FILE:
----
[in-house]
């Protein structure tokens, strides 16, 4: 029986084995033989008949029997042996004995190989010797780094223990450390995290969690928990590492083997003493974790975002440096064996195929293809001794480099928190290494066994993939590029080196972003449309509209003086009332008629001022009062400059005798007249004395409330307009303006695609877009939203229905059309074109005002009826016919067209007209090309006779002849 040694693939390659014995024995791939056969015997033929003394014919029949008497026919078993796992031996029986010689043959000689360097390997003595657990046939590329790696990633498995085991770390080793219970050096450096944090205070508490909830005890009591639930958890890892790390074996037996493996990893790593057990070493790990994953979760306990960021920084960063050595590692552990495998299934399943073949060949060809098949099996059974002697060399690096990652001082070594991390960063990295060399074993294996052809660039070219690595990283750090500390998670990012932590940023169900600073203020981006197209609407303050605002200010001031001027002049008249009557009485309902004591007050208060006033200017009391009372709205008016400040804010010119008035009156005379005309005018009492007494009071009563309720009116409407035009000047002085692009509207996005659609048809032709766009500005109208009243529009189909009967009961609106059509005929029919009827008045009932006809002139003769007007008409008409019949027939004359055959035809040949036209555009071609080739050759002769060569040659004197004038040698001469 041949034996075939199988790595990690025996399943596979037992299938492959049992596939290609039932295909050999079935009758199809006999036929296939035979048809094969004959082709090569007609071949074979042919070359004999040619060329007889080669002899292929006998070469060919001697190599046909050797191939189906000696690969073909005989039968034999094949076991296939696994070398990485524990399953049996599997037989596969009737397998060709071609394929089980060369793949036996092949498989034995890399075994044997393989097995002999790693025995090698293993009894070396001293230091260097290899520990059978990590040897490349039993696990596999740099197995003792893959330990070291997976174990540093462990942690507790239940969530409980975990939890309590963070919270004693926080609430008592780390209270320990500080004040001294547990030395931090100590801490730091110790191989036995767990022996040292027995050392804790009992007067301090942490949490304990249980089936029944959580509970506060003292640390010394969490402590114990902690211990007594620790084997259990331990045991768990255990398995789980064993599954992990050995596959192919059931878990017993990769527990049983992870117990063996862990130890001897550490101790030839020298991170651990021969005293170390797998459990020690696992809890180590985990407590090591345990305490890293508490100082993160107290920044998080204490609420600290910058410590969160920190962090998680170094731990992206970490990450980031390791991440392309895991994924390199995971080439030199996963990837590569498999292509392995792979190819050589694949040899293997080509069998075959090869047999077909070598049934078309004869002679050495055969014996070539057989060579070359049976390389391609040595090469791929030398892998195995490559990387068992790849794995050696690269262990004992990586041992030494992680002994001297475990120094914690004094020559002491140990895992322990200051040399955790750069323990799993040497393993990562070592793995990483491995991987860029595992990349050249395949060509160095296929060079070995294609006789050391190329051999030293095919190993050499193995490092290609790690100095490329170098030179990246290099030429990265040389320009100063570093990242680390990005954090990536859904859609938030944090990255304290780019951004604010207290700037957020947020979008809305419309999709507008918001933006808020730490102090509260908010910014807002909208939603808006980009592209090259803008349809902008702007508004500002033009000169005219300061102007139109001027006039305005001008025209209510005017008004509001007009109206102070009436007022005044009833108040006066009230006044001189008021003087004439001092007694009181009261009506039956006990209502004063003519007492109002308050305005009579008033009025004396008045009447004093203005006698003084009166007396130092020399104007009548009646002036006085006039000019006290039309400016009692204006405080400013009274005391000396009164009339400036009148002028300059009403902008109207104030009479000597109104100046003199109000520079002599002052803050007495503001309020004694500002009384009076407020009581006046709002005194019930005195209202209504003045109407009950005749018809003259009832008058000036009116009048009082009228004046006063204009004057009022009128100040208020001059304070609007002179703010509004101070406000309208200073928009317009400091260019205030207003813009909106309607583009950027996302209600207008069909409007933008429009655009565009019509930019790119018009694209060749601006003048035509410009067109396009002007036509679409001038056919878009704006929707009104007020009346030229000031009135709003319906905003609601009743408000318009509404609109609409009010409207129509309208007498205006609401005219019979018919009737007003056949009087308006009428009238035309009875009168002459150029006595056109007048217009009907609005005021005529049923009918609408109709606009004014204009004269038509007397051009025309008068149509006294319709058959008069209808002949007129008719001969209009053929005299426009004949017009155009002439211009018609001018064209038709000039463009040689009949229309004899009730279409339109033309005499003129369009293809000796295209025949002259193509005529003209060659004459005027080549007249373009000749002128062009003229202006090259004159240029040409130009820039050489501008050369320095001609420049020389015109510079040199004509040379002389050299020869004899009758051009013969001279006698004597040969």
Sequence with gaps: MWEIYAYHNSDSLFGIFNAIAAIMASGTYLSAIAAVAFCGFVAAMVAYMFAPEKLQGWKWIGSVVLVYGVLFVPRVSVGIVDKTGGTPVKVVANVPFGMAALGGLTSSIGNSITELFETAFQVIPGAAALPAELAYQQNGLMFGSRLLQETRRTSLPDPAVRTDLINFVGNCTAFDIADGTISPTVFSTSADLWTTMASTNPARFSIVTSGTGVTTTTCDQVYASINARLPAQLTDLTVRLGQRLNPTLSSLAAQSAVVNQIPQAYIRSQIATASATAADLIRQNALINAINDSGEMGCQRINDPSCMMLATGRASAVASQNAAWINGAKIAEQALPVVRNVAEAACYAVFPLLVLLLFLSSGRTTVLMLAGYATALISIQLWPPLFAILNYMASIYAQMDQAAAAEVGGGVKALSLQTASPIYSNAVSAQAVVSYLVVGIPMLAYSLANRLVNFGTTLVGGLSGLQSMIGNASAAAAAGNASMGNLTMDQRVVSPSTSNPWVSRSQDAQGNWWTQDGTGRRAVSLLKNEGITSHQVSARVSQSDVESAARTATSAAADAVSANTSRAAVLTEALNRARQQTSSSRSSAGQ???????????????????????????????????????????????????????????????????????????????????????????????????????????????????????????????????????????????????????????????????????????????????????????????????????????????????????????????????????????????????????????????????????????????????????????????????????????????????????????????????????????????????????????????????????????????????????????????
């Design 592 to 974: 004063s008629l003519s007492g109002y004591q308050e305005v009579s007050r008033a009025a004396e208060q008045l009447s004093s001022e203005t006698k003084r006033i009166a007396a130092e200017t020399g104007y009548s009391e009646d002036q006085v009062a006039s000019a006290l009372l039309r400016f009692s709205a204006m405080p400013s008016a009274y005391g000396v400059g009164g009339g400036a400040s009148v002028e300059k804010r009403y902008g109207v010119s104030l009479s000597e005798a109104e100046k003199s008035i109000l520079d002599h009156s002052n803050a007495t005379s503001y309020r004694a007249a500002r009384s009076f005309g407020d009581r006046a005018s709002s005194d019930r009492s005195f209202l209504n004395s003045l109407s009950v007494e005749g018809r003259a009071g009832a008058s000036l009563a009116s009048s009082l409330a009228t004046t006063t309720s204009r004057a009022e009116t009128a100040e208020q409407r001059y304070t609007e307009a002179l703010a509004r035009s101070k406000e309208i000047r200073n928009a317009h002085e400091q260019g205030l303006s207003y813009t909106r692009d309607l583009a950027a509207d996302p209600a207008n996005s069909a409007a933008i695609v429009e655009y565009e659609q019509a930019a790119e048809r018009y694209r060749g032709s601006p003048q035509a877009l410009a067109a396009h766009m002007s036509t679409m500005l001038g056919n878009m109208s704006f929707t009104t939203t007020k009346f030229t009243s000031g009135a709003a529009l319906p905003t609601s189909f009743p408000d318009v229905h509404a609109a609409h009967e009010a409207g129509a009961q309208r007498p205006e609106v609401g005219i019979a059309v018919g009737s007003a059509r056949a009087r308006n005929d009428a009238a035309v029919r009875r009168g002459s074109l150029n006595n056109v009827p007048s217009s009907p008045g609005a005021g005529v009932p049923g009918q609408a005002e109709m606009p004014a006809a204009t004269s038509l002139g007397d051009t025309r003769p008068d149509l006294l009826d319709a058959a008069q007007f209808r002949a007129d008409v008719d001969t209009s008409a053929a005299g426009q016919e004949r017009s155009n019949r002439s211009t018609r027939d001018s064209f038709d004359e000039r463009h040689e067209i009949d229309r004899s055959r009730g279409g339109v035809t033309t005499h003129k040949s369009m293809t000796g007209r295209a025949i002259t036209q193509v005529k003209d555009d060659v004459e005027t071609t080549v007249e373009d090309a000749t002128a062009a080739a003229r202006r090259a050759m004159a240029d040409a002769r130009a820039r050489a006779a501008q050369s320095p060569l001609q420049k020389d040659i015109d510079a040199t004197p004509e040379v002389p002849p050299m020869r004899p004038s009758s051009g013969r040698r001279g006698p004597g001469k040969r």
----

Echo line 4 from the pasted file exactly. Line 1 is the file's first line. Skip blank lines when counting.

């Design 592 to 974: 004063s008629l003519s007492g109002y004591q308050e305005v009579s007050r008033a009025a004396e208060q008045l009447s004093s001022e203005t006698k003084r006033i009166a007396a130092e200017t020399g104007y009548s009391e009646d002036q006085v009062a006039s000019a006290l009372l039309r400016f009692s709205a204006m405080p400013s008016a009274y005391g000396v400059g009164g009339g400036a400040s009148v002028e300059k804010r009403y902008g109207v010119s104030l009479s000597e005798a109104e100046k003199s008035i109000l520079d002599h009156s002052n803050a007495t005379s503001y309020r004694a007249a500002r009384s009076f005309g407020d009581r006046a005018s709002s005194d019930r009492s005195f209202l209504n004395s003045l109407s009950v007494e005749g018809r003259a009071g009832a008058s000036l009563a009116s009048s009082l409330a009228t004046t006063t309720s204009r004057a009022e009116t009128a100040e208020q409407r001059y304070t609007e307009a002179l703010a509004r035009s101070k406000e309208i000047r200073n928009a317009h002085e400091q260019g205030l303006s207003y813009t909106r692009d309607l583009a950027a509207d996302p209600a207008n996005s069909a409007a933008i695609v429009e655009y565009e659609q019509a930019a790119e048809r018009y694209r060749g032709s601006p003048q035509a877009l410009a067109a396009h766009m002007s036509t679409m500005l001038g056919n878009m109208s704006f929707t009104t939203t007020k009346f030229t009243s000031g009135a709003a529009l319906p905003t609601s189909f009743p408000d318009v229905h509404a609109a609409h009967e009010a409207g129509a009961q309208r007498p205006e609106v609401g005219i019979a059309v018919g009737s007003a059509r056949a009087r308006n005929d009428a009238a035309v029919r009875r009168g002459s074109l150029n006595n056109v009827p007048s217009s009907p008045g609005a005021g005529v009932p049923g009918q609408a005002e109709m606009p004014a006809a204009t004269s038509l002139g007397d051009t025309r003769p008068d149509l006294l009826d319709a058959a008069q007007f209808r002949a007129d008409v008719d001969t209009s008409a053929a005299g426009q016919e004949r017009s155009n019949r002439s211009t018609r027939d001018s064209f038709d004359e000039r463009h040689e067209i009949d229309r004899s055959r009730g279409g339109v035809t033309t005499h003129k040949s369009m293809t000796g007209r295209a025949i002259t036209q193509v005529k003209d555009d060659v004459e005027t071609t080549v007249e373009d090309a000749t002128a062009a080739a003229r202006r090259a050759m004159a240029d040409a002769r130009a820039r050489a006779a501008q050369s320095p060569l001609q420049k020389d040659i015109d510079a040199t004197p004509e040379v002389p002849p050299m020869r004899p004038s009758s051009g013969r040698r001279g006698p004597g001469k040969r």